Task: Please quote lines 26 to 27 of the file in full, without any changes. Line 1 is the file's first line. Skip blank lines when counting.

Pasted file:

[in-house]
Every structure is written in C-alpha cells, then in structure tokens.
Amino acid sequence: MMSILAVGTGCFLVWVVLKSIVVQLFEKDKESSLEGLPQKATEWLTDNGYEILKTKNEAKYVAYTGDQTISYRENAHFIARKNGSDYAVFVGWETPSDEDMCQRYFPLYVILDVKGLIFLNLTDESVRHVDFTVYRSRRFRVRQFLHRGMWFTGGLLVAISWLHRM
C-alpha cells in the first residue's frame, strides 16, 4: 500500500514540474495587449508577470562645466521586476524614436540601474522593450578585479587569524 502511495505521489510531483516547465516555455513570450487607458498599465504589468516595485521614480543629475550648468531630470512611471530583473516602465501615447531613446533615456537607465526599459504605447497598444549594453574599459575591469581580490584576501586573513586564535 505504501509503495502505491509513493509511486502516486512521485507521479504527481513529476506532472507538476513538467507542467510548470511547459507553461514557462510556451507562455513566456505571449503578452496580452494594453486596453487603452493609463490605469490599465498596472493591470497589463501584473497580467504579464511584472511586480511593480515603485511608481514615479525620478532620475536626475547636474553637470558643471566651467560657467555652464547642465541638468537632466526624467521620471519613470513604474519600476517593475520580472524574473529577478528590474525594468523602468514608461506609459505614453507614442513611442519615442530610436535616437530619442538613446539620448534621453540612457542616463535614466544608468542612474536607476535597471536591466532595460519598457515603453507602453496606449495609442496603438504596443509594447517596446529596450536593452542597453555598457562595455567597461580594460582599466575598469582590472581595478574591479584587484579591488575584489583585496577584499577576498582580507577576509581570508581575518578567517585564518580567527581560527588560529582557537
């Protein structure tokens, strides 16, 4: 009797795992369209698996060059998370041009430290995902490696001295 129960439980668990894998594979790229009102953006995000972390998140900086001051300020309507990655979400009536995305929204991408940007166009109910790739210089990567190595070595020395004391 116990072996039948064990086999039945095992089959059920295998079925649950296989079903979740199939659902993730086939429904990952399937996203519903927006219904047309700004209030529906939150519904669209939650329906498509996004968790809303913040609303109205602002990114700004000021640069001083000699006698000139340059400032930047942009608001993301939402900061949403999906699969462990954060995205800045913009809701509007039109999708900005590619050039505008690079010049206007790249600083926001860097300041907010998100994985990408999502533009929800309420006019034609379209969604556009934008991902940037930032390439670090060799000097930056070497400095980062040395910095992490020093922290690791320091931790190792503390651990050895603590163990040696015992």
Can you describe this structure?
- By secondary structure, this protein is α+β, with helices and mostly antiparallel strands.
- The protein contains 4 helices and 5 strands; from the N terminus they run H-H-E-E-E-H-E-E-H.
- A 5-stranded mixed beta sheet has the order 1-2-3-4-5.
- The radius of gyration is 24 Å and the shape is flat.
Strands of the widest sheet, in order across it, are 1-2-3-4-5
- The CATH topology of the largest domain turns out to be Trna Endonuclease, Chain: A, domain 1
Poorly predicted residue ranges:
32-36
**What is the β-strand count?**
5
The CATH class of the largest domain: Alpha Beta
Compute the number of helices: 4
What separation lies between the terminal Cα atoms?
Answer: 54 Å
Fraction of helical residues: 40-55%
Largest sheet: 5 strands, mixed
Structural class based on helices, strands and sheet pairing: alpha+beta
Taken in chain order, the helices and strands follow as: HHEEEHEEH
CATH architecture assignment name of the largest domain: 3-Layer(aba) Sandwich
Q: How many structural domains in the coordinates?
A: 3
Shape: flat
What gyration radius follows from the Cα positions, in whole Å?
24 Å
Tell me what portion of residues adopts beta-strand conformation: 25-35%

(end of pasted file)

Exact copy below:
Q: How many structural domains in the coordinates?
A: 3